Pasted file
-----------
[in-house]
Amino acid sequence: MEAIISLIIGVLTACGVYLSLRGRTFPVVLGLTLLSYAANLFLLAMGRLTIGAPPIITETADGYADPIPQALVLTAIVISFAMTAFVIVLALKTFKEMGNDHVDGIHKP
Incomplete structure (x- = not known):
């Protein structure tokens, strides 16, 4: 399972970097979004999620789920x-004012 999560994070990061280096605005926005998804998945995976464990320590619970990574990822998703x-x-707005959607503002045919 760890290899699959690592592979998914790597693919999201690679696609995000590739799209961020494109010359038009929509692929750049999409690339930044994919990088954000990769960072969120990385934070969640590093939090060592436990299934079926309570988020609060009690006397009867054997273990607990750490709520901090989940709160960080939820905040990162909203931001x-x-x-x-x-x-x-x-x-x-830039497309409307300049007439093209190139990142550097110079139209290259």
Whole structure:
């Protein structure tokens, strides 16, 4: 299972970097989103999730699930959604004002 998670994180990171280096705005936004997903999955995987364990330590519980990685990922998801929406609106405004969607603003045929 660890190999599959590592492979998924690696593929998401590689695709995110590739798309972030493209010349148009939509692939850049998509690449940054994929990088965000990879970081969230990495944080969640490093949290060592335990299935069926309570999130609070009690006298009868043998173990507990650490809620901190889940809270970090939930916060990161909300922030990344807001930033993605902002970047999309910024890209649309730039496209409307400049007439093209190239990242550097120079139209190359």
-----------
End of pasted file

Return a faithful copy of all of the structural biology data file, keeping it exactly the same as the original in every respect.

[in-house]
Amino acid sequence: MEAIISLIIGVLTACGVYLSLRGRTFPVVLGLTLLSYAANLFLLAMGRLTIGAPPIITETADGYADPIPQALVLTAIVISFAMTAFVIVLALKTFKEMGNDHVDGIHKP
Incomplete structure (x- = not known):
């Protein structure tokens, strides 16, 4: 399972970097979004999620789920x-004012 999560994070990061280096605005926005998804998945995976464990320590619970990574990822998703x-x-707005959607503002045919 760890290899699959690592592979998914790597693919999201690679696609995000590739799209961020494109010359038009929509692929750049999409690339930044994919990088954000990769960072969120990385934070969640590093939090060592436990299934079926309570988020609060009690006397009867054997273990607990750490709520901090989940709160960080939820905040990162909203931001x-x-x-x-x-x-x-x-x-x-830039497309409307300049007439093209190139990142550097110079139209290259």
Whole structure:
């Protein structure tokens, strides 16, 4: 299972970097989103999730699930959604004002 998670994180990171280096705005936004997903999955995987364990330590519980990685990922998801929406609106405004969607603003045929 660890190999599959590592492979998924690696593929998401590689695709995110590739798309972030493209010349148009939509692939850049998509690449940054994929990088965000990879970081969230990495944080969640490093949290060592335990299935069926309570999130609070009690006298009868043998173990507990650490809620901190889940809270970090939930916060990161909300922030990344807001930033993605902002970047999309910024890209649309730039496209409307400049007439093209190239990242550097120079139209190359």